Spirit: Now With Mind-Numbing In-Cabin Advertising

Kick open the exit doors and release the inflatable slides, Spirit is outfitting their entire fleet with cabin-saturating ads. Billed as Spirit’s “latest innovation,” the ads will litter “seat backs, window shades, overhead bins, tray tables, drink carts, napkins, cups, menus (what menus?) boarding passes, trash bags, soap dispensers,” and probably even barf bags.

Spirit suckered the Bahamas, supposedly the epitome of relaxation, not annoyance, to serve as the airline’s first spam advertiser. More will follow.

Spirit’s press release asks: Where else can you find 100 percent saturation with a targeted captive audience that will be actively engaged by your ad for an average of three hours?

Spirit is right. Saturation does have an effect. A profoundly negative effect. After starting at the same taunting ad for three hours, we’d want to stab every ad exec and airline official with a Hurricane-sharpened palm tree. But we’re vindictive and have “anger issues.” Who would you stab?

Spirit Airlines Launches Mile High Media (Press Release) [Spirit via Jaunted]


Edit Your Comment

  1. nicemarmot617 says:

    You know I’ve actually found them to be an okay airline when I’ve flown them. But this may be pushing the potential annoyance too far. I don’t really want to sit there staring at the same ad for three hours.

  2. reflection717 says:

    Reminds me of the show “The Loop” about a fictional airline. The main character screwed up and let Stride gum have full reign and advertise anywhere they wanted. The gate agents even had to say “Have a Stride flight”

    Good to see the folks at Spirit watched that episode too!


    • snobum says:

      @reflection717: I saw that episode too and it was the first thing I thought of.

      I think what bothers me about this is it’s 18″ from your face and nothing you can do about. I’ll just look to the right… nope, there it is again. Left? There it is. Maybe if I get a drink it will calm me down…. it’s on the napkin and the cup!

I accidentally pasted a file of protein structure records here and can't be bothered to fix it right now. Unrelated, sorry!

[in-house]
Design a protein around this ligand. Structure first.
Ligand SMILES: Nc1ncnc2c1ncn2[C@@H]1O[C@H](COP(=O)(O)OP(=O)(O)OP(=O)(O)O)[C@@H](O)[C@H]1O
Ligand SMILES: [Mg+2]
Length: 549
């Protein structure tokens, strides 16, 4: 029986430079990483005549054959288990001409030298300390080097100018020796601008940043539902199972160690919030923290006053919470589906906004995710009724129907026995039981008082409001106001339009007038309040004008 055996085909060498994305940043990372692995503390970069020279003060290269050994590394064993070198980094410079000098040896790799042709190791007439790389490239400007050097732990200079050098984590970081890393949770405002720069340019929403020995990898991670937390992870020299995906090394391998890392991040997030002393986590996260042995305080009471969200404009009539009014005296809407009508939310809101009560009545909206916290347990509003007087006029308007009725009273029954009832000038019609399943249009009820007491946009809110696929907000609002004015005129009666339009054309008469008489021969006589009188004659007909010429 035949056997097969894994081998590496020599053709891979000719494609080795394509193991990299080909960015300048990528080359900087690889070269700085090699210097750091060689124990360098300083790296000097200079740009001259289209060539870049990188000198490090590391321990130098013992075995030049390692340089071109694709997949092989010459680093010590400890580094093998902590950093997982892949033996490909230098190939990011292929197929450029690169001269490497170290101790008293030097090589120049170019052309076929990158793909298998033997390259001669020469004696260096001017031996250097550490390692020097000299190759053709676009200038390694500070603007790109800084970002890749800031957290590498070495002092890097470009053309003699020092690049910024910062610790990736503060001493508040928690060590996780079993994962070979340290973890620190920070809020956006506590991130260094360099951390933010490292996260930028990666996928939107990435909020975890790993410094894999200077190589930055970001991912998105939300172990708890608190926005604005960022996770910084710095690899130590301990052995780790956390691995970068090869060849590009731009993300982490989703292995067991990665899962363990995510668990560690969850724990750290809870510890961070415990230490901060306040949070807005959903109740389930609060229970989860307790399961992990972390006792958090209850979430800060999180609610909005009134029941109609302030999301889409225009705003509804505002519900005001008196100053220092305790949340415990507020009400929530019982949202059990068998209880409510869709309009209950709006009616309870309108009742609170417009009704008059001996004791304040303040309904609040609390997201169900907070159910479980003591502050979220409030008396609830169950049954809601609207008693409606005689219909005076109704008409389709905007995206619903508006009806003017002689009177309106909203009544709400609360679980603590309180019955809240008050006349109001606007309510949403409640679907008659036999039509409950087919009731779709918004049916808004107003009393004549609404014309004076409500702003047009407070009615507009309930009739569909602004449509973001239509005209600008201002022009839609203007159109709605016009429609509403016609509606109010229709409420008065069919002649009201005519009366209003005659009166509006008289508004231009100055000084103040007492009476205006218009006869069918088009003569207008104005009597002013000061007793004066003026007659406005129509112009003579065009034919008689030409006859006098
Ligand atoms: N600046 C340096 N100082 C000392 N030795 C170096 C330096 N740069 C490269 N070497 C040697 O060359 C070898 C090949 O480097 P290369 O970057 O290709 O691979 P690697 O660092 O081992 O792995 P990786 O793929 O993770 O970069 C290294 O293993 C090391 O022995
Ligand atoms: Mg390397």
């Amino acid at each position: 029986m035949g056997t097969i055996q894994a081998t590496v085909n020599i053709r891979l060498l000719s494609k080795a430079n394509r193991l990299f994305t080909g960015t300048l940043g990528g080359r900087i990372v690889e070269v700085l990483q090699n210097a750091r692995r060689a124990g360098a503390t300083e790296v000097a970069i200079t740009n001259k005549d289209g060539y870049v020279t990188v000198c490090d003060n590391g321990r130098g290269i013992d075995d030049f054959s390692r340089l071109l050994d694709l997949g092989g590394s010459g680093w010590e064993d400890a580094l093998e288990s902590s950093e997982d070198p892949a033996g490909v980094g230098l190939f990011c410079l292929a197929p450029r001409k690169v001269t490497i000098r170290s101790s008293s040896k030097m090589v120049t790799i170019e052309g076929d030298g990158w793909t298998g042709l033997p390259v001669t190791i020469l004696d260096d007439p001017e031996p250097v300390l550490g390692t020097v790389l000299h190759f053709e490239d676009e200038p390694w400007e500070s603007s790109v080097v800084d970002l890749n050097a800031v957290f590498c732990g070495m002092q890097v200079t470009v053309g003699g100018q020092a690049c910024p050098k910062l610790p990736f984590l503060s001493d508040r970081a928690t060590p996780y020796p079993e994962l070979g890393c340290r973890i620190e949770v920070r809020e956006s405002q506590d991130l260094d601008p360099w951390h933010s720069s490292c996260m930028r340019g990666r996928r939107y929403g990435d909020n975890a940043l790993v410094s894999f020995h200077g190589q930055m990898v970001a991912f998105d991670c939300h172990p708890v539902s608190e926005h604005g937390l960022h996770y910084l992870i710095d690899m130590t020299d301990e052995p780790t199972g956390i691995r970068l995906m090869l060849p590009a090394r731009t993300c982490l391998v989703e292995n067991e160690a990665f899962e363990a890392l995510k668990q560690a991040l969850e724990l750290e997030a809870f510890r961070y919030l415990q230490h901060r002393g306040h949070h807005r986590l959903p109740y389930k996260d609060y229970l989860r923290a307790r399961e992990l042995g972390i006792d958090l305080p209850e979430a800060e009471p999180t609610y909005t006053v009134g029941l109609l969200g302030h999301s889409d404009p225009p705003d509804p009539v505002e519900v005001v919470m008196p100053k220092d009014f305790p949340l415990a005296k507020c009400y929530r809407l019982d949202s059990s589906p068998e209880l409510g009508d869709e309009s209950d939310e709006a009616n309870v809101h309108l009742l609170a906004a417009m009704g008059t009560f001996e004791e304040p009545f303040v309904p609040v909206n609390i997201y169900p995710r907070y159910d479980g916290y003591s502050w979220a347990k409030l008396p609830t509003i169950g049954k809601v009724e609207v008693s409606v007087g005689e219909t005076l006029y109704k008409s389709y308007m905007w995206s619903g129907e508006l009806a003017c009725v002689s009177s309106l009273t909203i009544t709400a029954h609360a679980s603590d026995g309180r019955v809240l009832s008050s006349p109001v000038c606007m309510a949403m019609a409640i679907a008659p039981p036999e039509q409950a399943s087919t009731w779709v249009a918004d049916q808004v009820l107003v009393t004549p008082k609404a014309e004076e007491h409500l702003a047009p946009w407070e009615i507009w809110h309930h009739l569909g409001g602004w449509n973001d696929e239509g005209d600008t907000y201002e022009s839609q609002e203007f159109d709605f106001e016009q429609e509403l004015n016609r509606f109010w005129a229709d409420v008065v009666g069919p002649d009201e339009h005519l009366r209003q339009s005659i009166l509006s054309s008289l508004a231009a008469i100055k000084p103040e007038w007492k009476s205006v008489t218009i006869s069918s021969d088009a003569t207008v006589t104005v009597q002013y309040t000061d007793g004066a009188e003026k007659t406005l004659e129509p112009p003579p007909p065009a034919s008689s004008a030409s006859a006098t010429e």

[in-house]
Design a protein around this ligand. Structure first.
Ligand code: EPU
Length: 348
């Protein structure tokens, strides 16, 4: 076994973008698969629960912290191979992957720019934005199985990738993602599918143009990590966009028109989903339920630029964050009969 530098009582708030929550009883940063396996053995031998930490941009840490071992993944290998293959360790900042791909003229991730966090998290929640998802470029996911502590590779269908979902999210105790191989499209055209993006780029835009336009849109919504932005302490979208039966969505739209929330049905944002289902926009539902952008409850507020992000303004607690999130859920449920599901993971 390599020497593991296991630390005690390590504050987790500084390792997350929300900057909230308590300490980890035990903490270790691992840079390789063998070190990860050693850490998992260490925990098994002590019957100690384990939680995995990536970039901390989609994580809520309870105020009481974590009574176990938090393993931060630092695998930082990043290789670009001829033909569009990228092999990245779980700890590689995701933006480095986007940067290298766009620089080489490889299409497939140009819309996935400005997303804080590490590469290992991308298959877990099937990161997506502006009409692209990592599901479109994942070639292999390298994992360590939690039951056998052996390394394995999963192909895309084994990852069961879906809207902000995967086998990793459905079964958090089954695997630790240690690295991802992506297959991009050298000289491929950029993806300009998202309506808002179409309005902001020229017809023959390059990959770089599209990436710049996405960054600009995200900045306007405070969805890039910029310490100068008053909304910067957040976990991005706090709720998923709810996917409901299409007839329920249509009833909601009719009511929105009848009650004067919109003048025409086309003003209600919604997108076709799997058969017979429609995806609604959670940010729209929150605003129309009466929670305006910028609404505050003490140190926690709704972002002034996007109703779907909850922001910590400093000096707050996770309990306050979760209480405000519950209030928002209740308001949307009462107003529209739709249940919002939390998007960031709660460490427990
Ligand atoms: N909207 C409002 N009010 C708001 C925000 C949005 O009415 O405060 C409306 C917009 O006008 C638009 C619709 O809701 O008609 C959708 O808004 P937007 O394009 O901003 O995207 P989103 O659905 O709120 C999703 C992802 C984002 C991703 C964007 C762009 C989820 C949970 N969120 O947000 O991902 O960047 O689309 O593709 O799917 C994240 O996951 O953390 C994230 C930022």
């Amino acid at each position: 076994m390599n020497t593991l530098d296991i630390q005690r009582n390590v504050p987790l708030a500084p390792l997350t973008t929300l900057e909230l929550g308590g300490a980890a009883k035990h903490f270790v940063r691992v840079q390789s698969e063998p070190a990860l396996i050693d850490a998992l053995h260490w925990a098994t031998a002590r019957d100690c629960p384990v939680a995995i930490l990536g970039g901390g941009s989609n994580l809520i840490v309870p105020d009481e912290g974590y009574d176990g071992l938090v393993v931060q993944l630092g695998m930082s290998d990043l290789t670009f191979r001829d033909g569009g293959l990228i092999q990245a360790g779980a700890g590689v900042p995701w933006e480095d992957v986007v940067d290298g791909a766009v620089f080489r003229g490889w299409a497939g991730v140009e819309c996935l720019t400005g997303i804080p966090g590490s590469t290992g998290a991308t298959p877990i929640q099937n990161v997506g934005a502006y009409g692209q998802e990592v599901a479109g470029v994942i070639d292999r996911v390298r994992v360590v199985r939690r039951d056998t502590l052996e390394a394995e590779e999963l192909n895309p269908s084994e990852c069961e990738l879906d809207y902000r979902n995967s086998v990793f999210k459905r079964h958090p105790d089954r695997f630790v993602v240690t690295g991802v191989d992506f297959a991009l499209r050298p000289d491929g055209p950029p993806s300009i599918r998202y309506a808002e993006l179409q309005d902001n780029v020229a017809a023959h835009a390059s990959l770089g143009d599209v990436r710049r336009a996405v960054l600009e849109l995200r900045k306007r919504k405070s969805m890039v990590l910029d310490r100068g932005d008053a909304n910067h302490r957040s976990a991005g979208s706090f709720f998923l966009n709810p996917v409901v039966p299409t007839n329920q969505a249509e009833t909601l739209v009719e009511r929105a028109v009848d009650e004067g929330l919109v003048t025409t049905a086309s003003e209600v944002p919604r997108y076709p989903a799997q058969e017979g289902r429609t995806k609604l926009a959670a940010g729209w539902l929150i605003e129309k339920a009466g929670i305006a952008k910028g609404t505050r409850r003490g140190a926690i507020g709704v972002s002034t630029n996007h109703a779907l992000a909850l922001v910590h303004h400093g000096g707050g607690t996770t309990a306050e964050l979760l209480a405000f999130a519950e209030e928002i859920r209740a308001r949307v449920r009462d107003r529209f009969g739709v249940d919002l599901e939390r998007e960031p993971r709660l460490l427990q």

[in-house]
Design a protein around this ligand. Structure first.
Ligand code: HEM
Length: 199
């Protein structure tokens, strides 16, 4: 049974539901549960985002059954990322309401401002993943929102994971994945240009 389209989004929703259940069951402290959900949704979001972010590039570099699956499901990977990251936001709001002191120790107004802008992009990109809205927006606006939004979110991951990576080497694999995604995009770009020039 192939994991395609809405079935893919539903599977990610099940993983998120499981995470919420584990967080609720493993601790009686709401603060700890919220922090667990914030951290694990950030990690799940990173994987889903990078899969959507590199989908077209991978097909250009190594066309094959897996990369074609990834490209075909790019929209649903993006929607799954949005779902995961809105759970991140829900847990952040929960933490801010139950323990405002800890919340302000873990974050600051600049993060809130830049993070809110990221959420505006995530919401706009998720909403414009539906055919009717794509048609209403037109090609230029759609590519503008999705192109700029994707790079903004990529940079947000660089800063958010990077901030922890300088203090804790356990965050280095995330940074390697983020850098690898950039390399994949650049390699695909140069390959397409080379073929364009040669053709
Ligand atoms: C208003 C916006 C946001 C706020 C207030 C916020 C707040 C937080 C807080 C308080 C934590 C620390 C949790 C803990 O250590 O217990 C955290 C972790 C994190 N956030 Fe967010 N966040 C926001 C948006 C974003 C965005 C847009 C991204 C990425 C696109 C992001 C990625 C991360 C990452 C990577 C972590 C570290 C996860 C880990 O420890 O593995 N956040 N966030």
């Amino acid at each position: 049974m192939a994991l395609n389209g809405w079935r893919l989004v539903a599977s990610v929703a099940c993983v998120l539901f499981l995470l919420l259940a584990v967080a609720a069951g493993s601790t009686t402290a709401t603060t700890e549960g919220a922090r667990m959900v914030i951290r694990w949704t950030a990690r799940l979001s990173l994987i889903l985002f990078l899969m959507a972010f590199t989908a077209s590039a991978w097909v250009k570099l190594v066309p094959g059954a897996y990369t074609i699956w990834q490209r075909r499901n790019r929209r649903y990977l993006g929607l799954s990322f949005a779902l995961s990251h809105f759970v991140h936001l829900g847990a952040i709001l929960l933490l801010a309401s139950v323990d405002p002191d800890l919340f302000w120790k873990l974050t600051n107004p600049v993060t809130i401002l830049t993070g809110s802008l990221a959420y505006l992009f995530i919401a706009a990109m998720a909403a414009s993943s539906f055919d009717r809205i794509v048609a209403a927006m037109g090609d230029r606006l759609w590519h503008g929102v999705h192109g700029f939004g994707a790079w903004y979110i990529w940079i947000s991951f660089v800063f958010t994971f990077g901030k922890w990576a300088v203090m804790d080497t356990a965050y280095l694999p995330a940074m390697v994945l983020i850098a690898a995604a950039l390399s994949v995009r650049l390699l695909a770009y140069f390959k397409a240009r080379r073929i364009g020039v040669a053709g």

I don’t mind advertising but it shouldnt be that you HAVE to look at it throughout a 4 hour flight. Maybe it should be the length of the jetway or even the overhead bins wouldnt be that bad – not everything in the plane.

  3. I had my worst flying experience ever flying on Spirit airlines. I will never fly them again and refused the free flight voucher I was offered as compensation. I have no desire to ever board a Spirit airplane again.

  4. Eldritch says:

    I get annoyed staring at the ads that cover the walls of the subway cars in New York City. I doubt I could tolerate it for three or more hours in an airplane.

    Also, isn’t it kind of more anger inducing if you’re on a plane full of ads for the Bahamas, and yet you’re actually on a business trip to Detroit?

  5. Fly Girl says:

    I hate United’s in-flight advertising– that damn song over and over and over again. Those animated clips about all of their destinations. *ACK!* Makes me want to jump out of the plane.

    A bit ago I flew Singapore Air to Tokyo. I was in coach, of course. Everything else about their service was top of the line– they’re awesome.

    …However, when you use their in-flight entertainment system, it constantly cuts to commercials about just how flippin’ awesome First Class is. Instead of having the desired affect (making me want to buy First Class tickets next time) it just made me want to punch the people sitting in First Class and to firebomb Singapore Air for rubbing my brokeness (and discomfort) in my face.

    “Oh, really? Lay-flat beds and silk robes and fancy-schmancy cuisine and a personal flight attendant? Huh. That’s nice, especially since I’m eating a dry sandwich and I’ll have this annoying fat man’s elbow in my side for the next fourteen hours. Please, tell me one more time just how great it is up there, up there at the front of the plane…”

    First Class is something that you do or you don’t. It’s not a little “splurge.” It’s the difference between a $1,000 ticket and a $20,000 ticket. I don’t think that anyone sitting in coach just didn’t know how great First Class was… They’re all in coach ’cause they HAVE to be in coach, so running ads throughout the entire flight about how flippin’ wonderful First Class is doesn’t do anything but remind all of the people in coach about how much money they don’t have…


  6. Robobot says:

    Is it bad that advertising like this just doesn’t effect me anymore? Not only does it not sway to buy a product, but is doesn’t even annoy. Ads are plastered all over everything. It’s hard not to become immune.

    … Except when Metro keeps outdated advertisements for events that ended three weeks ago in the trains. That’s beyond annoying. Nothing like making the cars even more depressing.

  7. AnxiousDemographic says:

    At some point prolific advertisement is going to become a safety issue. How is someone to find the emergency chute or exit row amid the visual clutter of adverts?

    I have long wondered why there are not already prominent cases of lawsuits caused by distracting billboards littering our highways’ skylines.